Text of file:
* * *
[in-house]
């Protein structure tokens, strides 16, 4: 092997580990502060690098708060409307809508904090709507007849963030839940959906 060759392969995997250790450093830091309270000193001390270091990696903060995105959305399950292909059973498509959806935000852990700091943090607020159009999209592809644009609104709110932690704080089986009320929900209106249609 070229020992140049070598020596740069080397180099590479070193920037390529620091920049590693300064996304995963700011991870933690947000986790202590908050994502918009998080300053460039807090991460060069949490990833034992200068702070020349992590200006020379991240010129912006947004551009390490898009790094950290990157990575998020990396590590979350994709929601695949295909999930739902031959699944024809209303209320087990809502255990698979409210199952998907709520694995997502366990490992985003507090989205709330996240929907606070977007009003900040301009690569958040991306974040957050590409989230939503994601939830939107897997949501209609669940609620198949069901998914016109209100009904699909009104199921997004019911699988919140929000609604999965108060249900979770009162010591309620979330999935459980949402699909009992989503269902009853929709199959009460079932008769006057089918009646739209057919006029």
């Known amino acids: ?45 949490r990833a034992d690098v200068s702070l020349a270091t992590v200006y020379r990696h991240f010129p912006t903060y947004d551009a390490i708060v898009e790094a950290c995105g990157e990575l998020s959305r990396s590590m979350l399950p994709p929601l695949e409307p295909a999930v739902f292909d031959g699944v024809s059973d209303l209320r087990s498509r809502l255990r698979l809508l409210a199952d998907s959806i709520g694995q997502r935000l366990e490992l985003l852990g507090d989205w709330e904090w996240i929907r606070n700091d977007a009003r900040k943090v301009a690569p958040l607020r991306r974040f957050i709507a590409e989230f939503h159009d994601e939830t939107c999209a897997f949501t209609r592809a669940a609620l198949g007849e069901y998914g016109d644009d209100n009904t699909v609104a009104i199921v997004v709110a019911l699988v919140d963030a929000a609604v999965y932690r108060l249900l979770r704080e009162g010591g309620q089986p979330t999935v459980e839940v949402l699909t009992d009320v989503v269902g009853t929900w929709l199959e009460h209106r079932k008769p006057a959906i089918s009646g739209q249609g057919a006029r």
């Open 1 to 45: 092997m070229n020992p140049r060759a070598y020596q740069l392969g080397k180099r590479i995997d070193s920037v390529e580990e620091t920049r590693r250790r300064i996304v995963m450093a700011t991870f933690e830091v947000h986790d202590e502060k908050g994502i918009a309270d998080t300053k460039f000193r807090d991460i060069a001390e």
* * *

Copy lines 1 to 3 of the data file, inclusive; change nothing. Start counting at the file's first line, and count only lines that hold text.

[in-house]
């Protein structure tokens, strides 16, 4: 092997580990502060690098708060409307809508904090709507007849963030839940959906 060759392969995997250790450093830091309270000193001390270091990696903060995105959305399950292909059973498509959806935000852990700091943090607020159009999209592809644009609104709110932690704080089986009320929900209106249609 070229020992140049070598020596740069080397180099590479070193920037390529620091920049590693300064996304995963700011991870933690947000986790202590908050994502918009998080300053460039807090991460060069949490990833034992200068702070020349992590200006020379991240010129912006947004551009390490898009790094950290990157990575998020990396590590979350994709929601695949295909999930739902031959699944024809209303209320087990809502255990698979409210199952998907709520694995997502366990490992985003507090989205709330996240929907606070977007009003900040301009690569958040991306974040957050590409989230939503994601939830939107897997949501209609669940609620198949069901998914016109209100009904699909009104199921997004019911699988919140929000609604999965108060249900979770009162010591309620979330999935459980949402699909009992989503269902009853929709199959009460079932008769006057089918009646739209057919006029």
């Known amino acids: ?45 949490r990833a034992d690098v200068s702070l020349a270091t992590v200006y020379r990696h991240f010129p912006t903060y947004d551009a390490i708060v898009e790094a950290c995105g990157e990575l998020s959305r990396s590590m979350l399950p994709p929601l695949e409307p295909a999930v739902f292909d031959g699944v024809s059973d209303l209320r087990s498509r809502l255990r698979l809508l409210a199952d998907s959806i709520g694995q997502r935000l366990e490992l985003l852990g507090d989205w709330e904090w996240i929907r606070n700091d977007a009003r900040k943090v301009a690569p958040l607020r991306r974040f957050i709507a590409e989230f939503h159009d994601e939830t939107c999209a897997f949501t209609r592809a669940a609620l198949g007849e069901y998914g016109d644009d209100n009904t699909v609104a009104i199921v997004v709110a019911l699988v919140d963030a929000a609604v999965y932690r108060l249900l979770r704080e009162g010591g309620q089986p979330t999935v459980e839940v949402l699909t009992d009320v989503v269902g009853t929900w929709l199959e009460h209106r079932k008769p006057a959906i089918s009646g739209q249609g057919a006029r």